Increased traffic numbers partially due to heavy tourism, spurred the need to widen the existing 30-ft. (9 m) wide overpass at Interstate 90 and Exit 61 at Rapid City, S.D. It will be widened to 205-ft. (62 m).
The South Dakota Department of Transportation (SDDOT) awarded the Interstate 90 Exit 61 construction project to Stanley J. Johnsen Concrete Contractor Inc. of Rapid City.
The two-year $16.5 million project began on March 5, 2007, and is scheduled to be completed July 25, 2008. The entire interchange is being reconstructed, including a new bridge over Interstate 90 to include MSE walls and four new ramps.
A 1.3 mi. (2 km) stretch of Interstate 90 will be replaced, and a 0.7 mi. (1.1 km) portion of Elk Vale Road will be replaced.
“We built a single-point urban interchange on top of the bridge, which includes four driving lanes, two in each direction, and two turn lanes, creating a six lane configuration,” explained John Gerlach of the South Dakota Department of Transportation. Previously the exchange was a diamond shape that included one lane in each direction with a 4-ft. (1.2 m) shoulder and no turn lanes; it was built in the 1960s.
According to studies done in 2004 prior to the start of this ongoing project, about 8,700 vehicles travel over Exit 61 and traffic on I-90 reaches about 27,000 vehicles each day, so the new configuration will be much safer, Gerlach said.
“We don’t have any projected traffic numbers for the future but we are expecting numbers to increase.”
In addition to being a rapidly growing community with a population of approximately 70,000, Rapid City also is a popular tourist location, being situated in the heart of the Black Hills and close to Mount Rushmore.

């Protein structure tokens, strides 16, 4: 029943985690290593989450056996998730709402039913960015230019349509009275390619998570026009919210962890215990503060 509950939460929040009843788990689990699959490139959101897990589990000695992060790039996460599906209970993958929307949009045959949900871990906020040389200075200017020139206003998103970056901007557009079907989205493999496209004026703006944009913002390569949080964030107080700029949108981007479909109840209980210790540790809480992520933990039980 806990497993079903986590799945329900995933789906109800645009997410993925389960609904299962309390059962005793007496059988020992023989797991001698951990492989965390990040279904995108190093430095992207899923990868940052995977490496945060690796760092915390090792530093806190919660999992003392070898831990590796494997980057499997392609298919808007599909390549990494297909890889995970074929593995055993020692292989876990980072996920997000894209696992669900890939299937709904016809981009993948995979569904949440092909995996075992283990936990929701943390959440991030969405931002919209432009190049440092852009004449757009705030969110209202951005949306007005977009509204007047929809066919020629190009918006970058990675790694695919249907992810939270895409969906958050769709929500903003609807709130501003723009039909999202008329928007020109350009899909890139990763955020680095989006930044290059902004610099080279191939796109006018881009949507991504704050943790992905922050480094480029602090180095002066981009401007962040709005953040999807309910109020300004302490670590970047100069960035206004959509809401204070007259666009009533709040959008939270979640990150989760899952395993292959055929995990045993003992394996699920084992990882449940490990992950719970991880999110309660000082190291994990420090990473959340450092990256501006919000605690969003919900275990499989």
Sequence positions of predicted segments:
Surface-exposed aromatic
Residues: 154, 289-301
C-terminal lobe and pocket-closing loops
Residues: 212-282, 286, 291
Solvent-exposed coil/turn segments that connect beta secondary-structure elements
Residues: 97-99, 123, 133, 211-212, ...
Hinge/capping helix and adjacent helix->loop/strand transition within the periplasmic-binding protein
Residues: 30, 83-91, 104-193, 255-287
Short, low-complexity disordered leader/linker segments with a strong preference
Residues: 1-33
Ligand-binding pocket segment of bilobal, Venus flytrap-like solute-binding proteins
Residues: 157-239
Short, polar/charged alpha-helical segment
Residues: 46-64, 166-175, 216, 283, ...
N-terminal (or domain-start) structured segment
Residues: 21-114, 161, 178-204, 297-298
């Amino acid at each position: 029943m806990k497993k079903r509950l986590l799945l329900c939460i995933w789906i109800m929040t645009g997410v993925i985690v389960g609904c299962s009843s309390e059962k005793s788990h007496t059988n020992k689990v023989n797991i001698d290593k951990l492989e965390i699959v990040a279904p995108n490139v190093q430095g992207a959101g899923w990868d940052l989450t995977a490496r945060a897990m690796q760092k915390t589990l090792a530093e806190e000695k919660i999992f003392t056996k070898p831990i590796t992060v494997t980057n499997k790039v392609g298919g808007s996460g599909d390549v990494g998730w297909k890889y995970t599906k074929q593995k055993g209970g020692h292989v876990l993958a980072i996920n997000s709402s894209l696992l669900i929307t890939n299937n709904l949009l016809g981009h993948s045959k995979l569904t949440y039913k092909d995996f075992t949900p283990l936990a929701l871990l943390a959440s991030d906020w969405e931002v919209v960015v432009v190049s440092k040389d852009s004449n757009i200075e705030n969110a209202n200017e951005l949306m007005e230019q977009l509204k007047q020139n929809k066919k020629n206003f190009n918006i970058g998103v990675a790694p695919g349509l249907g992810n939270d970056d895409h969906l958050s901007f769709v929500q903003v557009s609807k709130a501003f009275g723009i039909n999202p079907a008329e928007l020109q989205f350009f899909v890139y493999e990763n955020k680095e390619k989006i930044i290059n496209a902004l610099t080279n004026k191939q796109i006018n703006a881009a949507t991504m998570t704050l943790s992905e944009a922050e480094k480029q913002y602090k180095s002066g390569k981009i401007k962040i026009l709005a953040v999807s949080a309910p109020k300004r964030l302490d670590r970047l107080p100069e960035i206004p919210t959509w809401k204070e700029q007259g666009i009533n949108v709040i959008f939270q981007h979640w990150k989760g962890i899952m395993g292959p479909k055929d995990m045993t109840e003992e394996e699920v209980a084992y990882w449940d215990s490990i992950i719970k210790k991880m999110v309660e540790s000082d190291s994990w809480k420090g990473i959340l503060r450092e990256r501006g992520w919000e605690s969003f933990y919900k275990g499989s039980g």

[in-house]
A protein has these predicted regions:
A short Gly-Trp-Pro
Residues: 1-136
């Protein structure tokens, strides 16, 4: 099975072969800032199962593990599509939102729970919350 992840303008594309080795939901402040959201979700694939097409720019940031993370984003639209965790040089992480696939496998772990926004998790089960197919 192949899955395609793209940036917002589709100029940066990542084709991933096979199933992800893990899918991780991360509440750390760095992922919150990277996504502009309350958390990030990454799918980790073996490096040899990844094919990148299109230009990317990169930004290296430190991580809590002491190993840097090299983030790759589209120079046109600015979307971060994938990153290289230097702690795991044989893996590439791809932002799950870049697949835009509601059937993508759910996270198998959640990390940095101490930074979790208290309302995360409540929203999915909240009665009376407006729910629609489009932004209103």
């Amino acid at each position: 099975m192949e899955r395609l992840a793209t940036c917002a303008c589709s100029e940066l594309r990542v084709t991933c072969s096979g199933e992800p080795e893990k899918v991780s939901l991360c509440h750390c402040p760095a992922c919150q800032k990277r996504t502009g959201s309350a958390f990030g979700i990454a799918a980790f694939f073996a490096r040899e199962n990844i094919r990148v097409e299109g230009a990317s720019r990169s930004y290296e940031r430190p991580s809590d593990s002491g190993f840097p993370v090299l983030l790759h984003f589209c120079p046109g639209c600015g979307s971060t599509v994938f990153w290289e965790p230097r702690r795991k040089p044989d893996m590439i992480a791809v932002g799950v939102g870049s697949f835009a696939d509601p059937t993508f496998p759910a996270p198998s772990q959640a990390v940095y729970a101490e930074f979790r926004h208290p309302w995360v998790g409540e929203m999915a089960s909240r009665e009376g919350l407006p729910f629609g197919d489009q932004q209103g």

The whole area along the Interstate 90 at Exits 60 and 61 is seeing extensive development of businesses and so a huge influx of traffic is anticipated, explained Dave Buck of Stanley J. Johnsen Concrete Contractor Inc., requiring a new truck bypass from Interstate 90 to Highway 79.
The 2007 phases of construction were part of an ongoing project to construct a new southeast connector route in Rapid City, S.D., which began in 2005. Construction in 2005 and 2006 made it possible for traffic to enter or exit I-90 from Exit 60 in both directions. The project required the removal and reconstruction of eastbound and westbound I-90 between LaCrosse Street and about half way between Dyess Avenue and Elk Vale.
Concrete paving on Elk Vale Road and Mall Drive north of the bridge was completed by Aug. 1, 2007, 21 days ahead of schedule. Westbound lanes were completed and traffic was restored on the new concrete paving, Gerlach explained. Four lanes of traffic were opened — two lanes westbound and two eastbound and the bridge was completely decked.
Since the project was going so well, prime contractor Stanley J. Johnsen started work on the north side of Elk Vale Road and completed it last fall. It wasn’t scheduled to be completed until spring 2008.
“Before we started this portion we had to guarantee the DOT that we would get it done by snowfall,” Buck said. “There is a big truck stop on that north side [of Elk Vale Road] and so we had to get it done [so trucks could use the road during the winter.]”
Bridge construction resumed about two weeks later, about mid-August after the annual Sturgis Motorcycle rally, a time when approximately a half million motorcycles travel the region. Sturgis is only about 25 mi. (40 km) from Rapid City.
“For safety, all construction has to be shut down and roads opened to normal traffic patterns during the rally,” Buck said.
Work on the next phase of the interstate also began on Aug. 13, 2007, at which time traffic on the interstate was put head-to-head on the newly reconstructed westbound lanes, so reconstruction of the eastbound lanes could begin.